What is a bracket? In short, a bracket is an intermediate component used to fix one thing (like a shelf) to another (like a wall). It may be thought of a kind of fastener, but this is somewhat misleading: actual fasteners like screws are used to connect the bracket to the other parts.
In addition to creating a connection between two parts, a bracket may provide support. Some brackets, such as gusset brackets, are designed with a diagonal section that reduces the strain on the bracket and allows it to support heavier loads.
One of the easiest and most cost-effective ways to make brackets, especially simple ones like angle brackets, is sheet metal fabrication. Brackets typically consist of two or more planes connected along one edge, and often to simplest way to fabricate this kind of object is to bend a flat object (i.e. a piece of sheet metal) in two or more places: the simplest example would be adding a 90° bend to a flat rectangle with a straight profile, turning it into a bracket with an L-shaped profile.
But how do you go about creating a sheet metal bracket? 3ERP has years of expertise in sheet metal prototyping, and this guide explains the basics of sheet metal brackets, including common bracket types, bracket design tips, and the best sheet metal bracket materials.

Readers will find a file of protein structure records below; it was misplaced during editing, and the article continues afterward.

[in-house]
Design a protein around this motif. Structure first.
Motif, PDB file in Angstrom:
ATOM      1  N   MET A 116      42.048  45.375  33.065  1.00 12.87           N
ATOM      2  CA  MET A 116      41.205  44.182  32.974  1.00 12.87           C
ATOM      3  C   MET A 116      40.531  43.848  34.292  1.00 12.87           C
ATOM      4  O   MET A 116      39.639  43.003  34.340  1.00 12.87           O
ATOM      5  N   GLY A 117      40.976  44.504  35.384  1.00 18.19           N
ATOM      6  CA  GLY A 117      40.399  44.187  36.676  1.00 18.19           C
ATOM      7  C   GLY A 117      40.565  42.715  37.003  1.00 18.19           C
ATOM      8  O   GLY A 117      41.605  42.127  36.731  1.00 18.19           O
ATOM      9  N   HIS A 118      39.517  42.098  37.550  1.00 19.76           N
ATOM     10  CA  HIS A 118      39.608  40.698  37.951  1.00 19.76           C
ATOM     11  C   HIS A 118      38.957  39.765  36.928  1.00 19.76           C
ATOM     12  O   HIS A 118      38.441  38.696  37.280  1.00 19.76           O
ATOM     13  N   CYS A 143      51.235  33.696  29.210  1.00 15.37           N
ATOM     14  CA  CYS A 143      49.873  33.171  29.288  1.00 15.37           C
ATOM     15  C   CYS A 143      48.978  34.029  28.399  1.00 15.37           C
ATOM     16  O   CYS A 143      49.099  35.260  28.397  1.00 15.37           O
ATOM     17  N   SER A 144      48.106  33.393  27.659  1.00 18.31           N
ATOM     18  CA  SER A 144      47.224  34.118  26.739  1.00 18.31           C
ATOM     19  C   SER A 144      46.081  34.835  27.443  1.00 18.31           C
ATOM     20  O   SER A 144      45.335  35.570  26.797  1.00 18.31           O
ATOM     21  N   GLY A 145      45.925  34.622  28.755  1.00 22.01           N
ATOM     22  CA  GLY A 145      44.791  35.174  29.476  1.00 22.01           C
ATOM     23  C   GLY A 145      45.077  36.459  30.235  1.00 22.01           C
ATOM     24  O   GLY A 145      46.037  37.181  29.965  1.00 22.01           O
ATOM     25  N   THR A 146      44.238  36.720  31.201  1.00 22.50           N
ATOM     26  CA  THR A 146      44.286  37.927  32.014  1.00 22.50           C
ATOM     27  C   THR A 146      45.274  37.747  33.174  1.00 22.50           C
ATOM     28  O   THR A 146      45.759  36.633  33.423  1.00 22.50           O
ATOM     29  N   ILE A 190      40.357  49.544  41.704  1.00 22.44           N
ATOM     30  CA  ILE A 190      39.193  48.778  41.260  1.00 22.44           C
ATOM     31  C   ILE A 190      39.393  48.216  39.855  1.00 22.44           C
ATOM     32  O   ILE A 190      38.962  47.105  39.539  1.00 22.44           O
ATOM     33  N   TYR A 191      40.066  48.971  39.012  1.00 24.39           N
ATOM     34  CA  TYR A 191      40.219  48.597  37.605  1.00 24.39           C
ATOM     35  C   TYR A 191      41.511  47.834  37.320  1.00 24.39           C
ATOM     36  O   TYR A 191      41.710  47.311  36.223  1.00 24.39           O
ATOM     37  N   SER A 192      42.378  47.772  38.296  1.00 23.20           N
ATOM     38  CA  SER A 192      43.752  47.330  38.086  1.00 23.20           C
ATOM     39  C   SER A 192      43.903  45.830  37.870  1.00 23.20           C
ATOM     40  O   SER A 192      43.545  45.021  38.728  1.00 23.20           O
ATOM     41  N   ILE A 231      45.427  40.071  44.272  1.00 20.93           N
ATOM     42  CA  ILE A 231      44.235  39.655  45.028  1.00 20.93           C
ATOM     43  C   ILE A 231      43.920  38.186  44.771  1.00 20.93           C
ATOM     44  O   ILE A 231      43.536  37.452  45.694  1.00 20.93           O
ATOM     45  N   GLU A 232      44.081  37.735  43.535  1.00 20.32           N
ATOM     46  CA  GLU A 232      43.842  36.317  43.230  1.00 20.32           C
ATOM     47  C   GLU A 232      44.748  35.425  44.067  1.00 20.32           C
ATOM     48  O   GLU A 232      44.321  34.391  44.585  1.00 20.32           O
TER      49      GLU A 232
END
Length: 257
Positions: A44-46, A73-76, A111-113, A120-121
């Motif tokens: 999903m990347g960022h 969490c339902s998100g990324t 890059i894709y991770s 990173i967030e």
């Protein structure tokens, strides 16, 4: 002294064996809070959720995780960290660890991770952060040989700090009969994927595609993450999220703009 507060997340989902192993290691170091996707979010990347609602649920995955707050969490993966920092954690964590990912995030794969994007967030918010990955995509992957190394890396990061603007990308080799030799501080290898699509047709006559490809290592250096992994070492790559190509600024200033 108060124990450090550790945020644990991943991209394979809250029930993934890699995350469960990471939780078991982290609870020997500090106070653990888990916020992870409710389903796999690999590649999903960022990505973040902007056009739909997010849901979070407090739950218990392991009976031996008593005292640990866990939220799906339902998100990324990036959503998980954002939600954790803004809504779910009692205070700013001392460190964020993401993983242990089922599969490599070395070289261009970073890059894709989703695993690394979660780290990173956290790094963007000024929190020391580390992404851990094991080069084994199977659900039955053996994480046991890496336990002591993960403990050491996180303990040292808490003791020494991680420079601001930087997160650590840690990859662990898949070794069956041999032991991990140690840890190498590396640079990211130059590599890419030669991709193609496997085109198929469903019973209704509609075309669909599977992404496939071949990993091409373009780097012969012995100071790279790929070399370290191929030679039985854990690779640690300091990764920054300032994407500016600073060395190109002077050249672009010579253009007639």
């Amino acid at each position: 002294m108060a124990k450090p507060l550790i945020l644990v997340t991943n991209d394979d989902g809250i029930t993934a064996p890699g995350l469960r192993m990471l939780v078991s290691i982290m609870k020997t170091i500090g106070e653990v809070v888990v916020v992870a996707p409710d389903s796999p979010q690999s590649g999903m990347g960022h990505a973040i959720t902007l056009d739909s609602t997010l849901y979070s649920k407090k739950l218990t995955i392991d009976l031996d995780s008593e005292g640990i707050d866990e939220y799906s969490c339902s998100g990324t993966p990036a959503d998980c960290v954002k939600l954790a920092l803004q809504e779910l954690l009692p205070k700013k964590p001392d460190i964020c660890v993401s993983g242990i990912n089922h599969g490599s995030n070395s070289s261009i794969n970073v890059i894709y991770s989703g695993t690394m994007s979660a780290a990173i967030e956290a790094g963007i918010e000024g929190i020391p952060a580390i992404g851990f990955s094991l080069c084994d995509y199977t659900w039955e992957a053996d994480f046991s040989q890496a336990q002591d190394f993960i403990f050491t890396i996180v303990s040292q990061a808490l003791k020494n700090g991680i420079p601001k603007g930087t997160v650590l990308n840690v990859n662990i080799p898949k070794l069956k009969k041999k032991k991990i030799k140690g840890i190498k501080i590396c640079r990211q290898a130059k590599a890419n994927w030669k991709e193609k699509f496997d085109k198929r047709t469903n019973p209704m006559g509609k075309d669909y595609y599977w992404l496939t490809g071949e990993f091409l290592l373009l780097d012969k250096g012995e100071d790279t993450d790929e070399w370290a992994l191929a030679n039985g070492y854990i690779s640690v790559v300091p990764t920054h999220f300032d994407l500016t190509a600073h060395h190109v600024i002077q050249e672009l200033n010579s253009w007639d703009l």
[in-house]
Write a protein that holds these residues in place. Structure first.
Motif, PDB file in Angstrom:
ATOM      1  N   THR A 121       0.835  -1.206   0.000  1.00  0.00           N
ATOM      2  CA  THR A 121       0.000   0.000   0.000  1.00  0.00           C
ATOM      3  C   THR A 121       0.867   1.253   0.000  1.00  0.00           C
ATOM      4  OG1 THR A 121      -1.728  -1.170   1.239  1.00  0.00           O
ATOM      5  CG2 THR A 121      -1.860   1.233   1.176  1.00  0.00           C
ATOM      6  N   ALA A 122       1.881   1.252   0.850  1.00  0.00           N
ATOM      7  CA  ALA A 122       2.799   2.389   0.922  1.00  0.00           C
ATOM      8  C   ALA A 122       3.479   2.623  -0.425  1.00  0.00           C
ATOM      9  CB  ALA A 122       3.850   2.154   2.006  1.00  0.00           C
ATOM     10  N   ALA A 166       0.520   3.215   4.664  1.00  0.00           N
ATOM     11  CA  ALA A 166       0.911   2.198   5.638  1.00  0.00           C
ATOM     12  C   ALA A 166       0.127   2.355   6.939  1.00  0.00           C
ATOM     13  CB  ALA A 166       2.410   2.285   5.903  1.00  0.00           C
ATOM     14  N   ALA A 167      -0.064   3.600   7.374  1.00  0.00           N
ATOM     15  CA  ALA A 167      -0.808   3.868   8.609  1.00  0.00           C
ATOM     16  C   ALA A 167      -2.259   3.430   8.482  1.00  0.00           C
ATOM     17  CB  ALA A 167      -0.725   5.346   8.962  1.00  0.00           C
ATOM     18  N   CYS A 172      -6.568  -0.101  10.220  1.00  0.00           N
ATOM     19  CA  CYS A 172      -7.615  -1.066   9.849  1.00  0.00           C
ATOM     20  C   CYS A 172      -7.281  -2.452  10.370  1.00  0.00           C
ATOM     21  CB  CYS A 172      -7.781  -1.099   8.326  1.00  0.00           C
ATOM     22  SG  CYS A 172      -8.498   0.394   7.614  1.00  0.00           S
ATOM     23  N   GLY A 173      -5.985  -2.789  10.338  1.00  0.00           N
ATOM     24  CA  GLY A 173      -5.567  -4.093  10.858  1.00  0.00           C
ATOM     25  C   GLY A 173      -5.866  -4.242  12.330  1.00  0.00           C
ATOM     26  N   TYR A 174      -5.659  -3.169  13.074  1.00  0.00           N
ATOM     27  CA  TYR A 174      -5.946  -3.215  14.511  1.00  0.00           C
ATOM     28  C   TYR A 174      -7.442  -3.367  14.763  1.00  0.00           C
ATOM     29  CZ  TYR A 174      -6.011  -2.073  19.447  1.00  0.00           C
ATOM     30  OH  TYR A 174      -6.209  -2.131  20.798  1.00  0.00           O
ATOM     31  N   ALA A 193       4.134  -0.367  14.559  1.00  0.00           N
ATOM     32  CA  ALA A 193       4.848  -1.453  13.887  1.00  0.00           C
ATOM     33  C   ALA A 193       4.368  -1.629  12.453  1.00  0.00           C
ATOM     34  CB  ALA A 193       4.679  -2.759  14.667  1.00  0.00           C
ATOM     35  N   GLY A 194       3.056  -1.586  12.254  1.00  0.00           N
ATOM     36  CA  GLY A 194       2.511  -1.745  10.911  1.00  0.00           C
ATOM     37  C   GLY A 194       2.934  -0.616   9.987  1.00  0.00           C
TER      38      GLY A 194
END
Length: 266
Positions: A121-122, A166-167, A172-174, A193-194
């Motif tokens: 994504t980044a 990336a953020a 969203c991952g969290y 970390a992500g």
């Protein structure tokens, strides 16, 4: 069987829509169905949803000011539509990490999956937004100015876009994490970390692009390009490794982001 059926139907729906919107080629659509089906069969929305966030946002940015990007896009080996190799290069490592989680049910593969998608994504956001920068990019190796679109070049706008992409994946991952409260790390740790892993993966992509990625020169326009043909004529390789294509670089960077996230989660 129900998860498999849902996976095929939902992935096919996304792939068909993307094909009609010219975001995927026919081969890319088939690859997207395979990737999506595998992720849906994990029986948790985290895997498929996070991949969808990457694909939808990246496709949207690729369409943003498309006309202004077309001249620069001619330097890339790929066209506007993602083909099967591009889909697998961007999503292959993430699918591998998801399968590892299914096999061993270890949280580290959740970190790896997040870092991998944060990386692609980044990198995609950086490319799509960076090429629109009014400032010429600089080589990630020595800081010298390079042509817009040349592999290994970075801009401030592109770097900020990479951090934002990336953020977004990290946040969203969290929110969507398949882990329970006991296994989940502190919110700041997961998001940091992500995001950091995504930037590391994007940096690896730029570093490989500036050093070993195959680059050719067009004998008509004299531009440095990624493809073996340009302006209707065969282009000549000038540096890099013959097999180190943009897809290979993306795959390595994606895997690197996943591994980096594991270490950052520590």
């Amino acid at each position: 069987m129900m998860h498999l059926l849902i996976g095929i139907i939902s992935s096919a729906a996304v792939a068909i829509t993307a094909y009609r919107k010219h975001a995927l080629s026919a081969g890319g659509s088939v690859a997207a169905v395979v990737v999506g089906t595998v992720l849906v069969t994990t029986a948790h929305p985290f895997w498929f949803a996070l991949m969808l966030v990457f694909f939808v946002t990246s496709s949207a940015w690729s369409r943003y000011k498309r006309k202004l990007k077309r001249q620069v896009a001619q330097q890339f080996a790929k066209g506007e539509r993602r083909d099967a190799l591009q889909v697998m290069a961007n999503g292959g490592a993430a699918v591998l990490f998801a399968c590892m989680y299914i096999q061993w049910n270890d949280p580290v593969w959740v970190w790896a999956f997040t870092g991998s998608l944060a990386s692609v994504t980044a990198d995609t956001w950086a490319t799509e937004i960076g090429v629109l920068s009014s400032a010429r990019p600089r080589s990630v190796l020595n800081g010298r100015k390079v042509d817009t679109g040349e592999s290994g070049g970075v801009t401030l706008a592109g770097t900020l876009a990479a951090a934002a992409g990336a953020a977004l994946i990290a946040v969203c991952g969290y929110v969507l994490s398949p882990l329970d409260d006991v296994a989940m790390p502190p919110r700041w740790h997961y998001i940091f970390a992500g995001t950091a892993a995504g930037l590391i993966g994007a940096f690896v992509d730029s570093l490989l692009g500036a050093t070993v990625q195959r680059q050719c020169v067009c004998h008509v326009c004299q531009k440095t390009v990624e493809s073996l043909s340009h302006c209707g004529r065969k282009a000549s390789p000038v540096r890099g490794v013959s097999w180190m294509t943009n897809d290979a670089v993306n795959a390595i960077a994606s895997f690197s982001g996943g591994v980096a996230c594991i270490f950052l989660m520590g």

What are brackets and how are brackets used?
Brackets are connecting devices used to join two objects. In architecture, they may be made of wood or stone and used to join walls with features like parapets or eaves. In engineering, however, they are often made of sheet metal and used to support objects like shelving, countertops, flooring, sections of furniture, and mounted televisions.
Although there are many types of brackets, they are most commonly L-shaped, with the vertical section of the bracket attached to a wall (or another large upright structure) and the horizontal section attached to a smaller object being fitted to the wall, such as a shelf.
Brackets often have holes in them, either threaded or unthreaded, so that screws or other fasteners can be fed through them, but this is not a defining feature of the bracket.
Most brackets are functional, with their purpose being to connect and support objects. However, brackets can also be decorative: since brackets are often visible (such as on shelves mounted above eye level) they may have cosmetic features and flourishes, from intricately machined decorative features to gold plating.
How are brackets made?
Brackets can be made in various ways, such as casting or CNC machining. However, the best way to make simple brackets is sheet metal fabrication.
One of the most common sheet metal processes is bending, in which a machine called a brake is used to bend sheet metal to an angle up to 120°. This is perhaps the most important process when making sheet metal brackets, since virtually all brackets incorporate at least one bend.
Other sheet metal processes must also be used. Before any bending takes place, the sheet metal must be cut to size using a machine such as a laser cutter or plasma cutter. A punching machine may be used to make holes in the bracket (for screws), and welding may be required to add gussets or other features.
In addition to sheet metal processes described above, CNC machining may be used to add more complex features to brackets, especially with custom designs for nonstandard components.
Best materials for sheet metal brackets